pAlloc2=(BYTE*)HeapAlloc(hProcessHeap, 0, 1500);

    // Use allocated memory

    HeapFree(hProcessHeap, 0, pAlloc1);
    HeapFree(hProcessHeap, 0, pAlloc2);

The source code and binary for Listing 6.1 can be found in the following folders:

  • Source code: C:\AWD\Chapter6\BasicAlloc
  • Binary: C:\AWDBIN\WinXP.x86.chk\06BasicAlloc.exe

Run this application under the debugger and break on the wmain function.

Because we are interested in finding out more about the heap state, we must start by finding out what heaps are active in the process. Each running process keeps a list of active heaps. The list of heaps is stored in the PEB (process environment block), which is simply a data structure that contains a plethora of information about the process. To dump out the contents of the PEB, we use the dt command, as illustrated in Listing 6.2.

Listing 6.2. Finding the PEB for a process

0:000> dt _PEB @$peb
   +0x000 InheritedAddressSpace : 0 ''
   +0x001 ReadImageFileExecOptions : 0 ''
   +0x002 BeingDebugged    : 0x1 ''
   +0x003 SpareBool        : 0 ''
   +0x004 Mutant           : 0xffffffff
   +0x008 ImageBaseAddress : 0x01000000
   +0x00c Ldr              : 0x00191e90 _PEB_LDR_DATA
   +0x010 ProcessParameters : 0x00020000 _RTL_USER_PROCESS_PARAMETERS
   +0x014 SubSystemData    : (null)
   +0x018 ProcessHeap      : 0x00080000
   +0x01c FastPebLock      : 0x7c97e4c0 _RTL_CRITICAL_SECTION
   +0x020 FastPebLockRoutine : 0x7c901005
   +0x024 FastPebUnlockRoutine : 0x7c9010ed
   +0x028 EnvironmentUpdateCount : 1
   +0x02c KernelCallbackTable : (null)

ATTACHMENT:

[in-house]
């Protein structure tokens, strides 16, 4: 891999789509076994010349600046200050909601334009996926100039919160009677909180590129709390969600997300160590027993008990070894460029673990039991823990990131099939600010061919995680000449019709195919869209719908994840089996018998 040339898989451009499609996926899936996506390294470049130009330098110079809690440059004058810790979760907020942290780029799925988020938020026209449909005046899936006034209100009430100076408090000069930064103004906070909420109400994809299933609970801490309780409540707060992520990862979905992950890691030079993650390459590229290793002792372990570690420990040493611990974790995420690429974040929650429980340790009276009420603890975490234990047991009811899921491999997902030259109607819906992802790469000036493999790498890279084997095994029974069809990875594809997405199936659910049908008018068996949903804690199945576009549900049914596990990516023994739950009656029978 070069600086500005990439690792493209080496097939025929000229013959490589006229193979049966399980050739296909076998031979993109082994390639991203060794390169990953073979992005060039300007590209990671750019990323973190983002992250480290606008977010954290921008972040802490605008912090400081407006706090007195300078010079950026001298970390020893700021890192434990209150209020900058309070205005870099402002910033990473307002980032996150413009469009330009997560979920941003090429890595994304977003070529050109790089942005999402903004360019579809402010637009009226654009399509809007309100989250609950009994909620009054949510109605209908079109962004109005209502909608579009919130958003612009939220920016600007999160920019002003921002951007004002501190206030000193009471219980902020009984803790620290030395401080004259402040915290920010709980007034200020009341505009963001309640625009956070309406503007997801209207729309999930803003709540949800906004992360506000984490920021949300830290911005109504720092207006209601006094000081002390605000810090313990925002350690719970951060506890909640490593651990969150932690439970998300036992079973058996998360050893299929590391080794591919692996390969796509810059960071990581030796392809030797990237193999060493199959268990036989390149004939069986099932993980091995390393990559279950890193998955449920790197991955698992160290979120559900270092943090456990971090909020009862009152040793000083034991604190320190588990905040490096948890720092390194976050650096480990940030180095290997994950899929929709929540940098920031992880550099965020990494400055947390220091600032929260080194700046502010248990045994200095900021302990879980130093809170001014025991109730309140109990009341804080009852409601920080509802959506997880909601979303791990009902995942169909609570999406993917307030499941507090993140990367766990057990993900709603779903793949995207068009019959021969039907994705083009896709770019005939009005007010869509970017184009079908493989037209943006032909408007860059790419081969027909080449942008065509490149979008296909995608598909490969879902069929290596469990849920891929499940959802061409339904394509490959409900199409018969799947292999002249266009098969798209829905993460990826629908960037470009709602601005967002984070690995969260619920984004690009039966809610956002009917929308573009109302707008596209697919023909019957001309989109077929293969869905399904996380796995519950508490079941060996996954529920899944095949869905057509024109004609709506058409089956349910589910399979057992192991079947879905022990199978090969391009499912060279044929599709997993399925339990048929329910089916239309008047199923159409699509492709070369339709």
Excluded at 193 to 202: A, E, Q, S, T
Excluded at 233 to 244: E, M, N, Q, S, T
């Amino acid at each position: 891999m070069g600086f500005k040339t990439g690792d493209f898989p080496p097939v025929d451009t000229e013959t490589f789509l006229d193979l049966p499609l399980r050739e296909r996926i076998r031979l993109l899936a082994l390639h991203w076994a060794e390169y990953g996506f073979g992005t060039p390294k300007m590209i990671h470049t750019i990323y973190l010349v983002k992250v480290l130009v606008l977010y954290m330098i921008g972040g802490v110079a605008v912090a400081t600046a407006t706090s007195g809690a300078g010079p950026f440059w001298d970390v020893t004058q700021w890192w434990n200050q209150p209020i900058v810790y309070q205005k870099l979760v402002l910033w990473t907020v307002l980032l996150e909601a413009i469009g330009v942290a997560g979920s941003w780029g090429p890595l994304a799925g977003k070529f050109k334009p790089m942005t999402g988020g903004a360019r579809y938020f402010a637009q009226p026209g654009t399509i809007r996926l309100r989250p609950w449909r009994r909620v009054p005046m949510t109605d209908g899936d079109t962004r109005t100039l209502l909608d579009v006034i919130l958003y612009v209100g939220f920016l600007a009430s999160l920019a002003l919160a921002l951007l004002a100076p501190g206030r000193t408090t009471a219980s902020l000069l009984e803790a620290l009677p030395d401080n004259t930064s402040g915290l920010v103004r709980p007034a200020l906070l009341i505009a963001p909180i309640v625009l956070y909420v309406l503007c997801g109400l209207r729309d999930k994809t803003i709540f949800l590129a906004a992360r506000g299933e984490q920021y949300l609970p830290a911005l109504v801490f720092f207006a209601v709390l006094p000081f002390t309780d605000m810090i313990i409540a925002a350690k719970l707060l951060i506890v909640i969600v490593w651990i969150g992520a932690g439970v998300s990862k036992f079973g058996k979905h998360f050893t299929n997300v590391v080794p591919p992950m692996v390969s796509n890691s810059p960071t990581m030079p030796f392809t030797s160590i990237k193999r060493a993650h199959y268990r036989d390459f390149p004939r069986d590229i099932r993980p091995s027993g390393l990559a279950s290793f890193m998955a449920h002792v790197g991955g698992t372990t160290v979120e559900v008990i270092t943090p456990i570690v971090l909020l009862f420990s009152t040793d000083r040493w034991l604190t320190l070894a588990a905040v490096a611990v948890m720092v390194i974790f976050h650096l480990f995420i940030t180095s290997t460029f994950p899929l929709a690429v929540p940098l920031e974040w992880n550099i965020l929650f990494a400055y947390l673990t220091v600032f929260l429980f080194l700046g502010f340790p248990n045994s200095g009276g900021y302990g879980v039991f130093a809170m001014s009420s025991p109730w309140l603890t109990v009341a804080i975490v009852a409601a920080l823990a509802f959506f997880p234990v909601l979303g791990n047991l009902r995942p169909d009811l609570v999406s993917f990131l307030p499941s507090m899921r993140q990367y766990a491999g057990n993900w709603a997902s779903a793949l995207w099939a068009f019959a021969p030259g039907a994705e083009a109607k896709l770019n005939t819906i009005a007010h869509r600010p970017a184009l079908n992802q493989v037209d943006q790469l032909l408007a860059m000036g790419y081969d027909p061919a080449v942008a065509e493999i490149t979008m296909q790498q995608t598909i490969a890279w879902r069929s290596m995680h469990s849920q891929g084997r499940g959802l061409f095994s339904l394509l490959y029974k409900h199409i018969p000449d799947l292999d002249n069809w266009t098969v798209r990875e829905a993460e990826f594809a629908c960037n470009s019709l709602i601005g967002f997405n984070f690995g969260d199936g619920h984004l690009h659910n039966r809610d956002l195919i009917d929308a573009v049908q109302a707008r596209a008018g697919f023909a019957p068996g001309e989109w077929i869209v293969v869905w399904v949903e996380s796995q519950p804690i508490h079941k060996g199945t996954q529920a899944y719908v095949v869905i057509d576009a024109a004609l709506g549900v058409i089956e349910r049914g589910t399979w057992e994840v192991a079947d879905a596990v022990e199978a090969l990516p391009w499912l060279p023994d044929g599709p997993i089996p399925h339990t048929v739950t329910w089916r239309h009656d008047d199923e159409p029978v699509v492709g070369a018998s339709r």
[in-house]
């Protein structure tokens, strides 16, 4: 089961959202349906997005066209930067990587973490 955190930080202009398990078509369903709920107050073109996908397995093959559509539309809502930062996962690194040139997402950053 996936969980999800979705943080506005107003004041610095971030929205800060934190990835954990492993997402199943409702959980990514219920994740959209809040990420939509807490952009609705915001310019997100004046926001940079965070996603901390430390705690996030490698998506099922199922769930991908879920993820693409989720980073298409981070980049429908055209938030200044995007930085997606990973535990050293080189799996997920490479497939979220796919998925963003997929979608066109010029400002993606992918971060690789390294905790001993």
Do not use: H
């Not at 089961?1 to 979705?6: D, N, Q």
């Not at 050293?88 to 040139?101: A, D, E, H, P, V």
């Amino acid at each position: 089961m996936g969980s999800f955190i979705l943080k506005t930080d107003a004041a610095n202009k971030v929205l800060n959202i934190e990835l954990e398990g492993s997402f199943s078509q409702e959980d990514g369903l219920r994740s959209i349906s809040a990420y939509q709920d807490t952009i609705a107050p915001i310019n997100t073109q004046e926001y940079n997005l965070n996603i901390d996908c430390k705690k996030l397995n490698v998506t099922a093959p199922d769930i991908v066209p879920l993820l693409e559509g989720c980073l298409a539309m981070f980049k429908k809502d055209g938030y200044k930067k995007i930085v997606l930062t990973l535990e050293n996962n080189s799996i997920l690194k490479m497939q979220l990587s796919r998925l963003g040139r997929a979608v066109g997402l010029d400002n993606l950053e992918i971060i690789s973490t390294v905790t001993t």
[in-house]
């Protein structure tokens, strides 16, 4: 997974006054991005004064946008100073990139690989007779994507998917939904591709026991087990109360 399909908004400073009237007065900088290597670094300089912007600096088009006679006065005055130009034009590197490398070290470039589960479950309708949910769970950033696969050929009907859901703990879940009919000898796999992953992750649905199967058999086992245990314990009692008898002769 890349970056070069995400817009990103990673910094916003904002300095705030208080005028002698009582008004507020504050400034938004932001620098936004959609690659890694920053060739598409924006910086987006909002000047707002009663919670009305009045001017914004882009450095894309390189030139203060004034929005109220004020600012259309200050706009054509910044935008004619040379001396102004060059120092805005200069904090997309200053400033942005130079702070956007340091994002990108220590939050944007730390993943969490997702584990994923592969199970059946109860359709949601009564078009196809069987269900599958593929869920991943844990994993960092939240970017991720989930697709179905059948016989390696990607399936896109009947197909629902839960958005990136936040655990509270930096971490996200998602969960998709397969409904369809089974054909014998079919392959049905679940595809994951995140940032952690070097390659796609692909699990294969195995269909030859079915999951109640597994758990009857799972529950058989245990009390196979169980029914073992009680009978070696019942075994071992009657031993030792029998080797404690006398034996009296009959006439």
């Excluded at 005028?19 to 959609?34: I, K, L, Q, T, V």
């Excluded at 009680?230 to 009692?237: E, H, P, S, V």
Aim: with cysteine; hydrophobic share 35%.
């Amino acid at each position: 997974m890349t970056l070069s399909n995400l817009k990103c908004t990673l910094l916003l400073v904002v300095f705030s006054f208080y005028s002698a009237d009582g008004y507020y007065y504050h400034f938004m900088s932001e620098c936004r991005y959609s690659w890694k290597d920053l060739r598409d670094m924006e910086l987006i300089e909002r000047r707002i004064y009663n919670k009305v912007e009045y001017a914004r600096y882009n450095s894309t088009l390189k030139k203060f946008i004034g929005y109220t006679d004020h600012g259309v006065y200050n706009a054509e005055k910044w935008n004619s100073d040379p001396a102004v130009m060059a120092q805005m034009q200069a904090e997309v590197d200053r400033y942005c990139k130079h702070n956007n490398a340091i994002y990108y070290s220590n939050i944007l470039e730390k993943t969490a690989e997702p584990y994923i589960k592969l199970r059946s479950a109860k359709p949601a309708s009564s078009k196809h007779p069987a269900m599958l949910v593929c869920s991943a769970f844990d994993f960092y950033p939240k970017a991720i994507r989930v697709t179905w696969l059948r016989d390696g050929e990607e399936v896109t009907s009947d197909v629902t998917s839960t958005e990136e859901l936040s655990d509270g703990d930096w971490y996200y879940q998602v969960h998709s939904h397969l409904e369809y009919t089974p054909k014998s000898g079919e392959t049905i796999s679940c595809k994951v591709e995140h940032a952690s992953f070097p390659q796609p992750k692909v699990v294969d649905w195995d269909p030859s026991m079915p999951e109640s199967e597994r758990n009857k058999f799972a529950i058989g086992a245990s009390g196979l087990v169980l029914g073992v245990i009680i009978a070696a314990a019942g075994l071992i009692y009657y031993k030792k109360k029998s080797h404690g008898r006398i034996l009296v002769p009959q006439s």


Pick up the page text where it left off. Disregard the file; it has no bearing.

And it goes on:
+0x030 SystemReserved   : [1] 0
   +0x034 AtlThunkSListPtr32 : 0
   +0x038 FreeList         : (null)
   +0x03c TlsExpansionCounter : 0
   +0x040 TlsBitmap        : 0x7c97e480
   +0x044 TlsBitmapBits    : [2] 1
   +0x04c ReadOnlySharedMemoryBase : 0x7f6f0000
   +0x050 ReadOnlySharedMemoryHeap : 0x7f6f0000
   +0x054 ReadOnlyStaticServerData : 0x7f6f0688 -> (null)
   +0x058 AnsiCodePageData : 0x7ffb0000
   +0x05c OemCodePageData  : 0x7ffc1000
   +0x060 UnicodeCaseTableData : 0x7ffd2000
   +0x064 NumberOfProcessors : 1
   +0x068 NtGlobalFlag     : 0
   +0x070 CriticalSectionTimeout : _LARGE_INTEGER 0xffffffff`dc3cba00
   +0x078 HeapSegmentReserve : 0x100000
   +0x07c HeapSegmentCommit : 0x2000
   +0x080 HeapDeCommitTotalFreeThreshold : 0x10000
   +0x084 HeapDeCommitFreeBlockThreshold : 0x1000
   +0x088 NumberOfHeaps    : 3
   +0x08c MaximumNumberOfHeaps : 0x10
   +0x090 ProcessHeaps     : 0x7c97de80 -> 0x00080000
   +0x094 GdiSharedHandleTable : (null)
   +0x098 ProcessStarterHelper : (null)
   +0x09c GdiDCAttributeList : 0
   +0x0a0 LoaderLock       : 0x7c97c0d8
   +0x0a4 OSMajorVersion   : 5
   +0x0a8 OSMinorVersion   : 1
   +0x0ac OSBuildNumber    : 0xa28
   +0x0ae OSCSDVersion     : 0x200
   +0x0b0 OSPlatformId     : 2
   +0x0b4 ImageSubsystem   : 3
   +0x0b8 ImageSubsystemMajorVersion : 4
   +0x0bc ImageSubsystemMinorVersion : 0
   +0x0c0 ImageProcessAffinityMask : 0
   +0x0c4 GdiHandleBuffer  : [34] 0
   +0x14c PostProcessInitRoutine : (null)
   +0x150 TlsExpansionBitmap : 0x7c97e478
   +0x154 TlsExpansionBitmapBits : [32] 0
   +0x1d4 SessionId        : 0
   +0x1d8 AppCompatFlags   : _ULARGE_INTEGER 0x0
   +0x1e0 AppCompatFlagsUser : _ULARGE_INTEGER 0x0
   +0x1e8 pShimData        : (null)
   +0x1ec AppCompatInfo    : (null)
   +0x1f0 CSDVersion       : _UNICODE_STRING "Service Pack 2"
   +0x1f8 ActivationContextData : (null)
   +0x1fc ProcessAssemblyStorageMap : (null)
   +0x200 SystemDefaultActivationContextData : 0x00080000
   +0x204 SystemAssemblyStorageMap : (null)
   +0x208 MinimumStackCommit : 0

As you can see, PEB contains quite a lot of information, and you can learn a lot by digging around in this data structure to familiarize yourself with the various components. In this particular exercise, we are specifically interested in the list of process heaps located at offset 0x90. The heap list member of PEB is simply an array of pointers, where each pointer points to a data structure of type _HEAP. Let's dump out the array of heap pointers and see what it contains:

0:000> dd 0x7c97de80
7c97de80  00080000 00180000 00190000 00000000
7c97de90  00000000 00000000 00000000 00000000
7c97dea0  00000000 00000000 00000000 00000000